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Allergic Reaction (cont.)

Allergic Reaction Home Remedies

Patient Comments

Avoid triggers of allergic reactions. If people know they have an allergic reaction to peanuts, for example, they should not eat them and should go out of their way to avoid foods prepared with or around peanuts (see Food Allergy).

Self-care at home is not enough in severe reactions. A severe reaction is a medical emergency.

  • Do not attempt to treat or "wait out" severe reactions at home. Go immediately to a hospital emergency department.
  • Call an ambulance for emergency medical transport.
  • Use an epinephrine auto-injector (Epi-Pen, Auvi-Q) if one has been prescribed by a doctor due to previous allergic reactions (see "prevention" below).

Slight reactions with mild symptoms usually respond to nonprescription allergy medications.

  • Oral antihistamines
    • Loratadine (Claritin or Alavert), cetirizine (Zyrtec), and fexofenadine (Allegra) are nonsedating antihistamines that can be taken over the long term.
    • Diphenhydramine (Benadryl) can also be taken but may make someone too drowsy to drive or operate machinery safely. It can affect concentration and interfere with children's learning in school. These medications should be taken as directed for only a few days.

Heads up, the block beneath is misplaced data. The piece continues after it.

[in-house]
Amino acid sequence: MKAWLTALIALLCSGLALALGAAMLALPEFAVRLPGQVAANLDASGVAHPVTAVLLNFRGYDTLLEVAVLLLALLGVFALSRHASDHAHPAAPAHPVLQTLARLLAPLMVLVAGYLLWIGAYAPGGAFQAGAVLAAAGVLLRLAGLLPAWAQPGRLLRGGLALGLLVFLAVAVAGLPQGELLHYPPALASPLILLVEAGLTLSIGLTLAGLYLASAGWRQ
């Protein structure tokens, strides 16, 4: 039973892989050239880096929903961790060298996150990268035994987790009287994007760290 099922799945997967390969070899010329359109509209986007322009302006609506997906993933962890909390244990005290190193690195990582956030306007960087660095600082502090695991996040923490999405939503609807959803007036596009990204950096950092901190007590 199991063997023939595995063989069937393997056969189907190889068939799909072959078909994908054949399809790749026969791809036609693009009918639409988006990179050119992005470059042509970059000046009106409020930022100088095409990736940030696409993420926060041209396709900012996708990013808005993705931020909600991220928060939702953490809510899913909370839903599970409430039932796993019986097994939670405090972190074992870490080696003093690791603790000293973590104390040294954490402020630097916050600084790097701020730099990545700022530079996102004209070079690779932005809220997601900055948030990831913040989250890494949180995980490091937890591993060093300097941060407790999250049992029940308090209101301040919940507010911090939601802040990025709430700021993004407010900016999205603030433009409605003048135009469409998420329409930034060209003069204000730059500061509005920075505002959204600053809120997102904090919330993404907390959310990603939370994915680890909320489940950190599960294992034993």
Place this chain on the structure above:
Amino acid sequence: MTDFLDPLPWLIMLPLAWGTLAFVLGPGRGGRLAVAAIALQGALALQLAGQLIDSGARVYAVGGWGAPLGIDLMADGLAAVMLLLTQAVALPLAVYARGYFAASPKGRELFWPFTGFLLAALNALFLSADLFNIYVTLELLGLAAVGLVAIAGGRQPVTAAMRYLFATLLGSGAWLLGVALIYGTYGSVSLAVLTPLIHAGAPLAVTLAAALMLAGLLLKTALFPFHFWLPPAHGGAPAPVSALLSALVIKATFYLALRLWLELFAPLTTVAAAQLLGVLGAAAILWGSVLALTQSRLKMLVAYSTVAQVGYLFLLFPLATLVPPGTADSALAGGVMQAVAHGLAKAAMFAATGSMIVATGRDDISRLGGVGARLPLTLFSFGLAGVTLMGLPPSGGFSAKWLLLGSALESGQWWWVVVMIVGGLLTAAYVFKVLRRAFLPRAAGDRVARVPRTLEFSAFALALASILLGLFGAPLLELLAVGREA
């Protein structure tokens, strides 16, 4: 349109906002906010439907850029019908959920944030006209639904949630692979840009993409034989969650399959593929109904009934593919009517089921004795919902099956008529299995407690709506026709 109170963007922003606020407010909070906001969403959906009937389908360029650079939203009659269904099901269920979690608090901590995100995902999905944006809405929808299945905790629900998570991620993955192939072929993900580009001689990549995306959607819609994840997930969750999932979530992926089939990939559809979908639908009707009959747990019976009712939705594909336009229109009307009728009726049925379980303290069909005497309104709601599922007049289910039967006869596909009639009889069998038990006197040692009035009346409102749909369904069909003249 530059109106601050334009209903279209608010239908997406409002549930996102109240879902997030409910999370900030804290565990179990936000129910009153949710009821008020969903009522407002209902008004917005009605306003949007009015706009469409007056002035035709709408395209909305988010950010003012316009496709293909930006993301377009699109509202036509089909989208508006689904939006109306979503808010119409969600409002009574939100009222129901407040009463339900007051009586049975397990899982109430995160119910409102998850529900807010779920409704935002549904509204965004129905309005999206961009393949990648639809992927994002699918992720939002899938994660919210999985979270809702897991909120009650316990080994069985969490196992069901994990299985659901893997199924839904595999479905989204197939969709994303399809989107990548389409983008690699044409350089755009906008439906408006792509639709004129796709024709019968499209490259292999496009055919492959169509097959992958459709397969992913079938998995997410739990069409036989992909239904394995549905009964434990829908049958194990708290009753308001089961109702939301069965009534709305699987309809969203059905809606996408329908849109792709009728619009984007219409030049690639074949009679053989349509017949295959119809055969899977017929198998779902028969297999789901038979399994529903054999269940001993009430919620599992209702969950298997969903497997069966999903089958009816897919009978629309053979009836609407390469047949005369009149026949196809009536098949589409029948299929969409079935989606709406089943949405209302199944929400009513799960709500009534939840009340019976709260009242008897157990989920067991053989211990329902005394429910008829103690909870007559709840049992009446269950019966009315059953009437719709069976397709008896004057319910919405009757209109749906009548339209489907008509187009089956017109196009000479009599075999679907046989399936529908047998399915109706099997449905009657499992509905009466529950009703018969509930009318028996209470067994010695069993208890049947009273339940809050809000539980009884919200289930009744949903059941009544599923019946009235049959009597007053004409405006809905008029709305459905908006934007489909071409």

• Nasal antihistamines
    • Azelastine (Astelin or Astepro) and olopatadine (Patanase) are prescription antihistamine nasal sprays used to relieve nasal symptoms of seasonal allergies. These medications usually cause less drowsiness than oral antihistamines but may still make some people drowsy.
  • For rashes or skin irritations, an anti-inflammatory steroid cream such as hydrocortisone can be used.

For small, localized skin reactions, use a cold, wet cloth or ice for relief. One option is to apply a bag of frozen vegetables wrapped in a towel as an ice pack.

Medically Reviewed by a Doctor on 9/28/2015

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Allergic Reaction - Drug Allergy

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Allergic Reaction - Home Remedies

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